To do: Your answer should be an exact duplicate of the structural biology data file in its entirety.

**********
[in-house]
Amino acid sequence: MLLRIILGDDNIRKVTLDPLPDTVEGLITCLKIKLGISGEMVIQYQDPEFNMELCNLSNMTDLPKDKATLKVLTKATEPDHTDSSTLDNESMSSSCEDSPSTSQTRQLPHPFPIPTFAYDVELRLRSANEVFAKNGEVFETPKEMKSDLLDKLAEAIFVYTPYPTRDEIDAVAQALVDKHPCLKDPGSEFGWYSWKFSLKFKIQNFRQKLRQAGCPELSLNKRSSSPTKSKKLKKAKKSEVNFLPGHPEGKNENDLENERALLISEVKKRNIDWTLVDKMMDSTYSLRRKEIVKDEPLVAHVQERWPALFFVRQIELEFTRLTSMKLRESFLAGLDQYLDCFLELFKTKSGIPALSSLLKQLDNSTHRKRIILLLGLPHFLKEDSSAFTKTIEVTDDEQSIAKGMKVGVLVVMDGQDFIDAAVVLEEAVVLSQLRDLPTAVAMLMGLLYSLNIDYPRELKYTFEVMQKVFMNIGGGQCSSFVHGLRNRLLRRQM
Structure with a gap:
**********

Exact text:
[in-house]
Amino acid sequence: MLLRIILGDDNIRKVTLDPLPDTVEGLITCLKIKLGISGEMVIQYQDPEFNMELCNLSNMTDLPKDKATLKVLTKATEPDHTDSSTLDNESMSSSCEDSPSTSQTRQLPHPFPIPTFAYDVELRLRSANEVFAKNGEVFETPKEMKSDLLDKLAEAIFVYTPYPTRDEIDAVAQALVDKHPCLKDPGSEFGWYSWKFSLKFKIQNFRQKLRQAGCPELSLNKRSSSPTKSKKLKKAKKSEVNFLPGHPEGKNENDLENERALLISEVKKRNIDWTLVDKMMDSTYSLRRKEIVKDEPLVAHVQERWPALFFVRQIELEFTRLTSMKLRESFLAGLDQYLDCFLELFKTKSGIPALSSLLKQLDNSTHRKRIILLLGLPHFLKEDSSAFTKTIEVTDDEQSIAKGMKVGVLVVMDGQDFIDAAVVLEEAVVLSQLRDLPTAVAMLMGLLYSLNIDYPRELKYTFEVMQKVFMNIGGGQCSSFVHGLRNRLLRRQM
Structure with a gap: